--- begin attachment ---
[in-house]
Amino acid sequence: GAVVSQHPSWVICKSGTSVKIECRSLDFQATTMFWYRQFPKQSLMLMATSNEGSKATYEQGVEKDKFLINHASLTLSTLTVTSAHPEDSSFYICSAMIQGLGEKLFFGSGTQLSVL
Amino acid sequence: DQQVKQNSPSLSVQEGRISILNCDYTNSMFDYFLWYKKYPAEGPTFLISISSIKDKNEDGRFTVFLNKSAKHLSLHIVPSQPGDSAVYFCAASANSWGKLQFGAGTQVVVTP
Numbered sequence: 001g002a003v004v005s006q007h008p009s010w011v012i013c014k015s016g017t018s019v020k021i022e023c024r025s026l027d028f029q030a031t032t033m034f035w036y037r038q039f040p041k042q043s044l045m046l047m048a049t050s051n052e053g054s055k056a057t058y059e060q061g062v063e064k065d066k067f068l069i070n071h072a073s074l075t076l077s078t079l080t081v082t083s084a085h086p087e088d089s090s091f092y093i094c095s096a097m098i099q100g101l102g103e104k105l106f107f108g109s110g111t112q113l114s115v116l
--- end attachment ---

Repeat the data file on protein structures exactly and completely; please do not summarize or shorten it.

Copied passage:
[in-house]
Amino acid sequence: GAVVSQHPSWVICKSGTSVKIECRSLDFQATTMFWYRQFPKQSLMLMATSNEGSKATYEQGVEKDKFLINHASLTLSTLTVTSAHPEDSSFYICSAMIQGLGEKLFFGSGTQLSVL
Amino acid sequence: DQQVKQNSPSLSVQEGRISILNCDYTNSMFDYFLWYKKYPAEGPTFLISISSIKDKNEDGRFTVFLNKSAKHLSLHIVPSQPGDSAVYFCAASANSWGKLQFGAGTQVVVTP
Numbered sequence: 001g002a003v004v005s006q007h008p009s010w011v012i013c014k015s016g017t018s019v020k021i022e023c024r025s026l027d028f029q030a031t032t033m034f035w036y037r038q039f040p041k042q043s044l045m046l047m048a049t050s051n052e053g054s055k056a057t058y059e060q061g062v063e064k065d066k067f068l069i070n071h072a073s074l075t076l077s078t079l080t081v082t083s084a085h086p087e088d089s090s091f092y093i094c095s096a097m098i099q100g101l102g103e104k105l106f107f108g109s110g111t112q113l114s115v116l